The approach method is only highly useful by itself (without gauges) on a system that has been previously benchmarked or commissioned and the CTOA and subcooling or the approach previously marked, or on systems (like Lennox) that provide a target approach specific to the model.

— Bryan

In order to wrap my head around diagnostic issues it really helps me to engage in thought experiments where I think of more extreme examples of an issue or situation or consider the ideal in order to find the “edges” of a concept. Once I find the edges of the extreme then I can begin to sort down to a more exact conclusion.

So let’s consider compressors and mass flow

First, don’t get overwhelmed by the phrase “mass flow” I’m not going to start in with confusing words and fancy math. As techs we rarely need to do advanced calculations anyway, it’s more about understanding relationships between factors or IFTTT (If this then that). If this thing occurs or I change this what happens to that.

Mass flow just means how much fluid is moving over a a given amount of time. The “stuff” in this case is refrigerant and the mass measurement is generally lbs in the USA and the rate could be minutes, seconds or hours.

Our goal with a compressor is to move as many lbs of refrigerant, as quickly as possibly with the minimal amount of watts in energy used in order to move the greatest # of btus/hr we can … pretty straight forward so far.

The typical single speed, single stage compressor with no unloading capability runs ESSENTIALLY the same speed and with the same volume in the compression chamber (cylinder, scroll etc…) this means that a traditional compressor has a fairly constant volume in the compression chamber and rate of compression. I say “fairly” constant because as the compressor moves greater mass or works against greater pressure the motor will tend to slip more resulting in a slower rotational speed of the rotor.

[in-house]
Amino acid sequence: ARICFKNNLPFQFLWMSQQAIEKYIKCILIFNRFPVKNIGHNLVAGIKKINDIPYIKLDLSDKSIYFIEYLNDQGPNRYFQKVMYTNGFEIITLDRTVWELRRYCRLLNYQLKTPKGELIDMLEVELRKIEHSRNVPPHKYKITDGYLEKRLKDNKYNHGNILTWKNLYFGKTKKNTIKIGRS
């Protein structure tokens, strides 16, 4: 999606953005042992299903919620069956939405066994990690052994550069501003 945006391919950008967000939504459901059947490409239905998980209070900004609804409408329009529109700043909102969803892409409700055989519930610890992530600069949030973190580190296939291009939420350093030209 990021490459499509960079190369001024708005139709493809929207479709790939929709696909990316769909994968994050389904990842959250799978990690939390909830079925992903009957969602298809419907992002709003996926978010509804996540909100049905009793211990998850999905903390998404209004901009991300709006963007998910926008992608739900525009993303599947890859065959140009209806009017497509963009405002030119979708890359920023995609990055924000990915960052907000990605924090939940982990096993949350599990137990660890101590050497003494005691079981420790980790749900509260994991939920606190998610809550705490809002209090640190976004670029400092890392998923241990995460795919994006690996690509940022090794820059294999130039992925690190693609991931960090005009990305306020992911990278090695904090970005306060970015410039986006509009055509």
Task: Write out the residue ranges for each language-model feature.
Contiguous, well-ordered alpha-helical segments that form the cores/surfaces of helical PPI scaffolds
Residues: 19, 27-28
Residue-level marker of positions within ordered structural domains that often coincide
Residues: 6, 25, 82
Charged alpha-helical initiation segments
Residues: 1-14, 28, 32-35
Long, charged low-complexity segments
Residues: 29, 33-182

So let’s imagine an old single speed, single stage reciprocating compressor with no unloading. It’s compressing refrigerant with a constant volume in the cylinder that goes from its largest cylinder capacity at the bottom of the down stroke (suction stroke) to its minimum capacity at the top of the up stroke (discharge stroke). This variation in volume in the cylinder as the pistons actively move and down is what creates the pressure differential between the high side and the low side and this pressure difference is what allows the refrigerant to move through the circuit.

So you may think to yourself (as I have in the past)

“If pressure differential is what causes the refrigerant to move then don’t we want a big pressure difference between the compressor discharge and suction so that more refrigerant will move?”

The answer is absolutely NO

We actually want the minimum pressure differential we can get away with while still accomplishing the task of maintaining an evaporator (or evaporators in the case of multi-circuit systems) at the desired temperature and (nearly) full of boiling refrigerant.